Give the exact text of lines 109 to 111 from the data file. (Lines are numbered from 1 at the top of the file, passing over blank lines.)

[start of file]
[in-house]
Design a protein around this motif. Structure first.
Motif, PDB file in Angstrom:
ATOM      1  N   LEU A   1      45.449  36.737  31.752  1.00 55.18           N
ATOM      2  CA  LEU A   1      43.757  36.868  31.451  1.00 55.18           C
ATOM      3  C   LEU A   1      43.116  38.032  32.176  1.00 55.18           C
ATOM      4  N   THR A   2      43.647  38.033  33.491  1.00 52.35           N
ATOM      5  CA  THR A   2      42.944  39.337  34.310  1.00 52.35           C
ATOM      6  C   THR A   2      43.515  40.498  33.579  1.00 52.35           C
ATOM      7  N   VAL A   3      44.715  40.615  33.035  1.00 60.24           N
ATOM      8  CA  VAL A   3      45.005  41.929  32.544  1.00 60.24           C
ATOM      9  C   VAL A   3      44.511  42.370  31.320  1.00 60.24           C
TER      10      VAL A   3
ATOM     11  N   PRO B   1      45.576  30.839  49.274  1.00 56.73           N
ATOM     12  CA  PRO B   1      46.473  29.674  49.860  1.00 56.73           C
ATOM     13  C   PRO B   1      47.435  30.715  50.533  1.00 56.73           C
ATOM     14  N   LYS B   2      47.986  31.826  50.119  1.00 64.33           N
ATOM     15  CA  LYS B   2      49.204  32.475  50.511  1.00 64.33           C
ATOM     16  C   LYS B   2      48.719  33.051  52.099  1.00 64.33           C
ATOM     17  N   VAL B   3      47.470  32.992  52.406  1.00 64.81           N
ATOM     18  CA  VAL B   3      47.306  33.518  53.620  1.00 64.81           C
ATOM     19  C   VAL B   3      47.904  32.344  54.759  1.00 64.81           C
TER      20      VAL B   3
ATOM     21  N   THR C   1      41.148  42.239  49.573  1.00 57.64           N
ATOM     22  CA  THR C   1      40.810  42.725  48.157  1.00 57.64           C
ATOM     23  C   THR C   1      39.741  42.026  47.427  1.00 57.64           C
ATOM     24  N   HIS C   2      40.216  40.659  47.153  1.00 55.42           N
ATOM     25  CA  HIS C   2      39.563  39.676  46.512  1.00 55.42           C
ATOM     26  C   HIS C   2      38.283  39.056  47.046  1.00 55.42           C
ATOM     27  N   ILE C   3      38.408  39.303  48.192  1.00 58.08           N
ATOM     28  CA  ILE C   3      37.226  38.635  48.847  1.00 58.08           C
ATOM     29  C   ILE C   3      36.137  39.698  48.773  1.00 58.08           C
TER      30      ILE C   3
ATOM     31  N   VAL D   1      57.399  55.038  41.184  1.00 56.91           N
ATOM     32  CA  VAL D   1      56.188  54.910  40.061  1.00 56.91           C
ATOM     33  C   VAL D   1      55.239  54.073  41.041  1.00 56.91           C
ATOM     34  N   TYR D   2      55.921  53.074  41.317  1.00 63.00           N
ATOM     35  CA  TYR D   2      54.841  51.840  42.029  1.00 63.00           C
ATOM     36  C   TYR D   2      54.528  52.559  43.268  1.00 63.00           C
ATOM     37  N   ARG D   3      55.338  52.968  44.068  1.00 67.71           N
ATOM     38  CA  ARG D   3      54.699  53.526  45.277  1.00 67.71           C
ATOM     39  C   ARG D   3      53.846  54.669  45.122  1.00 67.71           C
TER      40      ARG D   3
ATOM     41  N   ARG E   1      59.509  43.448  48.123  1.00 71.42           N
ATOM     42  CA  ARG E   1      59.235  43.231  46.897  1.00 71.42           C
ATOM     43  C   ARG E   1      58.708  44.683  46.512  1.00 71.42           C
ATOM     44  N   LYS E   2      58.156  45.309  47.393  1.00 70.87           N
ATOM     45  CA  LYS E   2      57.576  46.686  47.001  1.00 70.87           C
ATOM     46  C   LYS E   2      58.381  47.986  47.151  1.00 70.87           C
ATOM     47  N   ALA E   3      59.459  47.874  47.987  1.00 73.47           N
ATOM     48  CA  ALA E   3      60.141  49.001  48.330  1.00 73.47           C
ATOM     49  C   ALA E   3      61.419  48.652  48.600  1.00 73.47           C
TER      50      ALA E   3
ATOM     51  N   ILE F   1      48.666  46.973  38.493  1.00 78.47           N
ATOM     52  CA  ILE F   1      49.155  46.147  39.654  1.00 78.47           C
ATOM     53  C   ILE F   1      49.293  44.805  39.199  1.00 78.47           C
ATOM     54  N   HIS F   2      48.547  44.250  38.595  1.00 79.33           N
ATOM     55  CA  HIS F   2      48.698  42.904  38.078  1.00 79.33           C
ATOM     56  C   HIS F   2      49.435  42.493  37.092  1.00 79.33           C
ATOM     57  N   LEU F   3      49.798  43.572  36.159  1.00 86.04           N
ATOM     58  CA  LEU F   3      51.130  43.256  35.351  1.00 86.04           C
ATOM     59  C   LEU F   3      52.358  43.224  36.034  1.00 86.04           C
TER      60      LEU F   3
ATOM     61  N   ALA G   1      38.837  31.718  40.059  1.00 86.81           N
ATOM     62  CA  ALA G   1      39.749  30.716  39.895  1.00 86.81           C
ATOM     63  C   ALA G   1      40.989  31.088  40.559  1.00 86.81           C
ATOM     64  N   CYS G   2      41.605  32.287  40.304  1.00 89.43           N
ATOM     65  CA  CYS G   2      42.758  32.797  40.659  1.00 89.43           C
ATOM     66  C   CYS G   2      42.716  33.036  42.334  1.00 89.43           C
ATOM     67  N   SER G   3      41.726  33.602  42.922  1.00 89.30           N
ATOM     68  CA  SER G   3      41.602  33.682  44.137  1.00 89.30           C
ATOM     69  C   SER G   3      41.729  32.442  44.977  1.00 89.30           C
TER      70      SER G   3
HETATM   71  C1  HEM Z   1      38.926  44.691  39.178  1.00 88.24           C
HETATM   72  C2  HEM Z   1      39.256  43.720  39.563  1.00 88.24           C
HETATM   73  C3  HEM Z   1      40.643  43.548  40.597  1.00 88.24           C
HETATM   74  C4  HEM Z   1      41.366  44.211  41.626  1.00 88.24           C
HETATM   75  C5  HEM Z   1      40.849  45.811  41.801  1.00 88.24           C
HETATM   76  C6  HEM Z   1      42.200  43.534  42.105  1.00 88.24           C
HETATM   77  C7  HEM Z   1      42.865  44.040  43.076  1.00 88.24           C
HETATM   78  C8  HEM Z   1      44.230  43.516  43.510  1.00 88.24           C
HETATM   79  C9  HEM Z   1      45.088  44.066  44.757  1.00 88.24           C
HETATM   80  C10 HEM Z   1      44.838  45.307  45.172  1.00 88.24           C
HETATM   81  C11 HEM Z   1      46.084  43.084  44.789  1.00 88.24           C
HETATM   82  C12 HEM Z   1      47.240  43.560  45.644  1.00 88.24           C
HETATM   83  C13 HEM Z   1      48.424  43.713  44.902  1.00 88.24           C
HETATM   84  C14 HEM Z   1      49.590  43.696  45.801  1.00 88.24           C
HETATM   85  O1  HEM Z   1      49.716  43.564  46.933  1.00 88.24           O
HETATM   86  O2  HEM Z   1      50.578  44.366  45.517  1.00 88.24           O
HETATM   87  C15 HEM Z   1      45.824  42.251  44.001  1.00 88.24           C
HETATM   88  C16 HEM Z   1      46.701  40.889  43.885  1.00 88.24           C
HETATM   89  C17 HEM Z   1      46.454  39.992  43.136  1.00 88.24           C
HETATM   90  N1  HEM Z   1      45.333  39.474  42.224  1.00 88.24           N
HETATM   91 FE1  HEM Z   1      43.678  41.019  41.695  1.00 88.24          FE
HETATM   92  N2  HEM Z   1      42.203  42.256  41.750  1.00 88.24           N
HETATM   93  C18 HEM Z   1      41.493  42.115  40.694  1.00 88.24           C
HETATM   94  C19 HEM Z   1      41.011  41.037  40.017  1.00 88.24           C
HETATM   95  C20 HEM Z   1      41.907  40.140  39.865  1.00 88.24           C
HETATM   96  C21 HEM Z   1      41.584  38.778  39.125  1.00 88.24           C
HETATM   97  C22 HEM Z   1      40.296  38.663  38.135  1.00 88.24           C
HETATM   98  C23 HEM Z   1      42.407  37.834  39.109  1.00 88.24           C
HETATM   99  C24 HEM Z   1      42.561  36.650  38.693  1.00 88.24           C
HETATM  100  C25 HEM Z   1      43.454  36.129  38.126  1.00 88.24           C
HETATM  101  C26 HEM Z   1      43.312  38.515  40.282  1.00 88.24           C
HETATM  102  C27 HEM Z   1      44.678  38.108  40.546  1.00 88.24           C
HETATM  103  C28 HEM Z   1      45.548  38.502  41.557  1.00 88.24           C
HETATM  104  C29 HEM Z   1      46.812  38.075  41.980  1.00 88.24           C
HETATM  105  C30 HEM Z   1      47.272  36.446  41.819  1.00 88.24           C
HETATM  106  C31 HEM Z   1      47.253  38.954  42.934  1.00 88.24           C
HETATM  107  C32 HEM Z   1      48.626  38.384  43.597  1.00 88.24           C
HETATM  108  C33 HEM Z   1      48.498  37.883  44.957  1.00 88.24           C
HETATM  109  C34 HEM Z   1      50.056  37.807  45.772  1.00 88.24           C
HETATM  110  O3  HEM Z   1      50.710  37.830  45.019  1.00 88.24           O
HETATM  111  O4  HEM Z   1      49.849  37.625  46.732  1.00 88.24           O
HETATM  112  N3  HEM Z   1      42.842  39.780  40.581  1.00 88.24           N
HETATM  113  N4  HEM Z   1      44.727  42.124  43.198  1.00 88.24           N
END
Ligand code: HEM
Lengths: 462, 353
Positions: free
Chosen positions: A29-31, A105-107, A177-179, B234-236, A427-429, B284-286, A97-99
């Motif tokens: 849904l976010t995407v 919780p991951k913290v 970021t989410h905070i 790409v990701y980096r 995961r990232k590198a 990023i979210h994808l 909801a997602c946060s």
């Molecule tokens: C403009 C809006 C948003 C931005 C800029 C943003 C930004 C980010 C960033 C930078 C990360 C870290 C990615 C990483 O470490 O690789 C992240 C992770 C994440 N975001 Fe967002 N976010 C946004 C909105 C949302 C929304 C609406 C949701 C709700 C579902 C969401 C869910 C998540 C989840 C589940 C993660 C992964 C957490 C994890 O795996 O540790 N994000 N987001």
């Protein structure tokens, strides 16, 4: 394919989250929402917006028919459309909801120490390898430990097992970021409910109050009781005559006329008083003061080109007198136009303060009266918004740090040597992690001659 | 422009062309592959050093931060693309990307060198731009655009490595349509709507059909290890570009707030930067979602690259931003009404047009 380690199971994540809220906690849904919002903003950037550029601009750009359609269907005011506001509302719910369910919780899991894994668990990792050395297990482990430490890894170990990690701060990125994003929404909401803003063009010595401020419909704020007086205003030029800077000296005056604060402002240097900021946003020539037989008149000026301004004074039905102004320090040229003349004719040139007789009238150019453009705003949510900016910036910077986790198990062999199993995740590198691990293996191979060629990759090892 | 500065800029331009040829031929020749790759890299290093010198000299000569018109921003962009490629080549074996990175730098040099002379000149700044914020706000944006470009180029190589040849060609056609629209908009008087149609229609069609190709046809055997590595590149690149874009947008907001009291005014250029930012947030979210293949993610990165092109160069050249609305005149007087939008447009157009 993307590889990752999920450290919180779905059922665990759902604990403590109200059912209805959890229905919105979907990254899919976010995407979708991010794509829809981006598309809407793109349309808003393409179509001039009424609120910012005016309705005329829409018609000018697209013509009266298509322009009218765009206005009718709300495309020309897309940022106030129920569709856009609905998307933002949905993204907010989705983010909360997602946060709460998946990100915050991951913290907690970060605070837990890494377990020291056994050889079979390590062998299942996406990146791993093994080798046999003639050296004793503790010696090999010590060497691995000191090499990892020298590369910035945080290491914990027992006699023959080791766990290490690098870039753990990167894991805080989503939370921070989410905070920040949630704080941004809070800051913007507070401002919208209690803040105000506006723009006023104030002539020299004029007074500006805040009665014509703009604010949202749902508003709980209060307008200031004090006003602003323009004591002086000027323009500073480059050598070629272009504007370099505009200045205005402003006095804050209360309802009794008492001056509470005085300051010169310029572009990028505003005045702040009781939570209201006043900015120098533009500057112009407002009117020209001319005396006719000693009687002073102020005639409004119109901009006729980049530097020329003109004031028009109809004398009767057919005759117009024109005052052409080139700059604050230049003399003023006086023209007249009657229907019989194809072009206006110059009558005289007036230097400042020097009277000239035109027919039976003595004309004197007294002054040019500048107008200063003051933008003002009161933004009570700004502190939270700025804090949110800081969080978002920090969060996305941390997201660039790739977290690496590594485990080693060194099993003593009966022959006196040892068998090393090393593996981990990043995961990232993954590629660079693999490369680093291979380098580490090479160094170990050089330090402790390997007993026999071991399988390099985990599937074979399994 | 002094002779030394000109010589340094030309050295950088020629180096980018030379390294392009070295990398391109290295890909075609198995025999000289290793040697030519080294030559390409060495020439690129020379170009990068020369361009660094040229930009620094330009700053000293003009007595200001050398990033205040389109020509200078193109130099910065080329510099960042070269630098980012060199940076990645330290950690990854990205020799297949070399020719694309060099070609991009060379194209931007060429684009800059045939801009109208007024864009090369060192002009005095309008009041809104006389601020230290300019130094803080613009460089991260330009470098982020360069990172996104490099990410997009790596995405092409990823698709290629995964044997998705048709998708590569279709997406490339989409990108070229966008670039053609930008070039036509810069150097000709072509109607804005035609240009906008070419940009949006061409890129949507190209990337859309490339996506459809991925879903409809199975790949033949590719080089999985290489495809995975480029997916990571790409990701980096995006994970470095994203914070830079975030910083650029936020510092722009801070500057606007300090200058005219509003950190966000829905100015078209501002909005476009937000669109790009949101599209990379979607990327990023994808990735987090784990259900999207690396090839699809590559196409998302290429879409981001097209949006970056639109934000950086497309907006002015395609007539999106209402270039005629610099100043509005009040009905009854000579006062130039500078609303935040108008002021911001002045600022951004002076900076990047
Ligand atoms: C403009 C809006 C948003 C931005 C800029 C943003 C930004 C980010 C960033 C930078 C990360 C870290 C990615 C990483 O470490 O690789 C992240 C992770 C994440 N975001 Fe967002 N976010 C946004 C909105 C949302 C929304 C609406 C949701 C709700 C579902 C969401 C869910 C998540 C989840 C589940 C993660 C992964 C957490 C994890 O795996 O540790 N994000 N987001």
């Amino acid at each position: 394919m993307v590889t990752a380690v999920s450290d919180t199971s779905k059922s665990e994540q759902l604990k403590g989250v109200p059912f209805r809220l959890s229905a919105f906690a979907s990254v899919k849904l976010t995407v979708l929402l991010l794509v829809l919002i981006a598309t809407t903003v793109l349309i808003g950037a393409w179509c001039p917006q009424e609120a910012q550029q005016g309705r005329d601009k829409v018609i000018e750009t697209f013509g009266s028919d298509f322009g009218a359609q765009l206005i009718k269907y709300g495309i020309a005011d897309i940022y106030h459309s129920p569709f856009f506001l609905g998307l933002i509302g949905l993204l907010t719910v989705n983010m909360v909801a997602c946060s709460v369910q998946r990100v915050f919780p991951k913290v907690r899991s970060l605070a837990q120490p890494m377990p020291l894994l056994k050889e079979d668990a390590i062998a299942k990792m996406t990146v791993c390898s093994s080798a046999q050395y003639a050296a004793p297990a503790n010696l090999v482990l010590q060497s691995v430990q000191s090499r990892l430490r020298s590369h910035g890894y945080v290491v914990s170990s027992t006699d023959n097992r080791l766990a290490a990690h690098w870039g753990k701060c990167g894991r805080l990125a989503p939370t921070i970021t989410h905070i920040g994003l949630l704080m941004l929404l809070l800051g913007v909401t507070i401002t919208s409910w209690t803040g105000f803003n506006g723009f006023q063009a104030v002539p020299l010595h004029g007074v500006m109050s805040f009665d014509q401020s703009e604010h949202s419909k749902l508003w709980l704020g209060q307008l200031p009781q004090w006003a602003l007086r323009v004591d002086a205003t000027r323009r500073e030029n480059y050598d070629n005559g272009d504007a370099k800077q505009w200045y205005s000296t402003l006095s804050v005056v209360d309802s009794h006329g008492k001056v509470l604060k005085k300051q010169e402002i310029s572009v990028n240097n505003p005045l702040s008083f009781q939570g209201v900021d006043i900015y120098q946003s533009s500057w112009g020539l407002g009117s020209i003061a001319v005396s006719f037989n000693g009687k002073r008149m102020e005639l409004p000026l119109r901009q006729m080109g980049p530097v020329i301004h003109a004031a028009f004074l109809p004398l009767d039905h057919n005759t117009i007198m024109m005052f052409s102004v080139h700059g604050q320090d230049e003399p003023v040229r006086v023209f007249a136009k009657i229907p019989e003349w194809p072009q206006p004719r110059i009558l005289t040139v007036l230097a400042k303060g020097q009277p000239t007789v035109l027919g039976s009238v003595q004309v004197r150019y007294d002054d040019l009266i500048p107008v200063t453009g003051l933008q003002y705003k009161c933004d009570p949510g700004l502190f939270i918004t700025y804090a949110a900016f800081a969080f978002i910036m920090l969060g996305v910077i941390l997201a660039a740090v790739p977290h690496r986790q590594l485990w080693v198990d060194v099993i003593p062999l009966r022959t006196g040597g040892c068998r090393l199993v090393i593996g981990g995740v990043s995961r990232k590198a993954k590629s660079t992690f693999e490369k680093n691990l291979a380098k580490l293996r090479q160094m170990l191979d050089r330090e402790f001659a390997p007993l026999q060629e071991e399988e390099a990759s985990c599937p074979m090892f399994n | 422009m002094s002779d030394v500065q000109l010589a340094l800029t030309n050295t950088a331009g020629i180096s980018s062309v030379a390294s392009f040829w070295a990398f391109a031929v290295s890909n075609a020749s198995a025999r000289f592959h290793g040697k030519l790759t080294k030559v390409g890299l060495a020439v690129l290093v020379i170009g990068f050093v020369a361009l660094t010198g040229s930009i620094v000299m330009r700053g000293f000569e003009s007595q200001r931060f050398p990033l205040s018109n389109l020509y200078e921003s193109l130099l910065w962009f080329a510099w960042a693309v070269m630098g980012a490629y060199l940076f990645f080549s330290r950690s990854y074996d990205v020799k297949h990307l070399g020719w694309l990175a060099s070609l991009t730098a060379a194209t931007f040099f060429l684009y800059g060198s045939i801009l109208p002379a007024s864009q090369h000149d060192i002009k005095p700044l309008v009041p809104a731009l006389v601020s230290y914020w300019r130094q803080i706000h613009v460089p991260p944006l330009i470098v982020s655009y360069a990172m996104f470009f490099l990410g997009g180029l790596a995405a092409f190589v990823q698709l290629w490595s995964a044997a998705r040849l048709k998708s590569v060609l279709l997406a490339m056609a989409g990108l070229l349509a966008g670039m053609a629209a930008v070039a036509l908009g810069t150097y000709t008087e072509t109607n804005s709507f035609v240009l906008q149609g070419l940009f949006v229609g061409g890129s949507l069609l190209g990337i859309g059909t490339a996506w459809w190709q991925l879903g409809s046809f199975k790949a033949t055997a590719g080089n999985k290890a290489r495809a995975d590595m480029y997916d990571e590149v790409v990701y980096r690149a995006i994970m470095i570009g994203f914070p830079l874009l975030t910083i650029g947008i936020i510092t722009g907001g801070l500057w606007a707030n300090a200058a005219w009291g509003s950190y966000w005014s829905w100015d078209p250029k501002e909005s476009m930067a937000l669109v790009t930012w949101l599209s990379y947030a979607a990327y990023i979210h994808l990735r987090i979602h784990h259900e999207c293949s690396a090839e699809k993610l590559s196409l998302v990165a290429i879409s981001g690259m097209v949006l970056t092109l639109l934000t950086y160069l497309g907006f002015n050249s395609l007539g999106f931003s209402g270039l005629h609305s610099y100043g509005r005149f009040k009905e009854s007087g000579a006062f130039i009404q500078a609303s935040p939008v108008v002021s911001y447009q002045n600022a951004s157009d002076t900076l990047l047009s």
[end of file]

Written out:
HETATM  106  C31 HEM Z   1      47.253  38.954  42.934  1.00 88.24           C
HETATM  107  C32 HEM Z   1      48.626  38.384  43.597  1.00 88.24           C
HETATM  108  C33 HEM Z   1      48.498  37.883  44.957  1.00 88.24           C